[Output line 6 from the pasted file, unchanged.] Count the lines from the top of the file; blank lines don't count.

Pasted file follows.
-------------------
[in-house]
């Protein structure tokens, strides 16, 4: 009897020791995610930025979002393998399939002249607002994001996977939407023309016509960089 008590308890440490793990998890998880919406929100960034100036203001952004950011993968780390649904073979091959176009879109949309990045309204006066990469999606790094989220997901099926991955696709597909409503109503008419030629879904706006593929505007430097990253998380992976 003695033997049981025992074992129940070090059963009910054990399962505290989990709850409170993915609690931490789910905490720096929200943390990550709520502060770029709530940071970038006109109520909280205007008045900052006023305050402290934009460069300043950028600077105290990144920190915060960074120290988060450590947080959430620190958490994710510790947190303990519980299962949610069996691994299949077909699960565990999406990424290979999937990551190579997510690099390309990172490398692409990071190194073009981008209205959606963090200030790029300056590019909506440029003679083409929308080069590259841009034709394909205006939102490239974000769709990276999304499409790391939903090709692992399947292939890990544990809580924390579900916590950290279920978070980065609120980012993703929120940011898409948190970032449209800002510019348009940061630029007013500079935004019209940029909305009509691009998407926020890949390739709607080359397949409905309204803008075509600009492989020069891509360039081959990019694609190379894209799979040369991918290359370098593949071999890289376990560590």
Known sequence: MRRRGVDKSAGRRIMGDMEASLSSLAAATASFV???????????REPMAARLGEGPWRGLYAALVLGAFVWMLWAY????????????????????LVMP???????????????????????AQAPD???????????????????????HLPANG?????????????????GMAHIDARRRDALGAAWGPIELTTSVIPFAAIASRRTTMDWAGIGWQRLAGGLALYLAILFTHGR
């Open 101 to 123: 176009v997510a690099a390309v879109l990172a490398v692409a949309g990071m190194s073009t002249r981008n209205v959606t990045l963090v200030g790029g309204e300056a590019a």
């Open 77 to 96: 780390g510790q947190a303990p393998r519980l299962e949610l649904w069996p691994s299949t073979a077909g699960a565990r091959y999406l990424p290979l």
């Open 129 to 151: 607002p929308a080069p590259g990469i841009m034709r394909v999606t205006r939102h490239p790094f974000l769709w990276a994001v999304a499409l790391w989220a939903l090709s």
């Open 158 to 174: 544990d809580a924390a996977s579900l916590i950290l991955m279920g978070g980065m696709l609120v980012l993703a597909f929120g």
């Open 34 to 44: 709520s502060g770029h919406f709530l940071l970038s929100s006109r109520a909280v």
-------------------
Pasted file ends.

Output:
């Open 129 to 151: 607002p929308a080069p590259g990469i841009m034709r394909v999606t205006r939102h490239p790094f974000l769709w990276a994001v999304a499409l790391w989220a939903l090709s």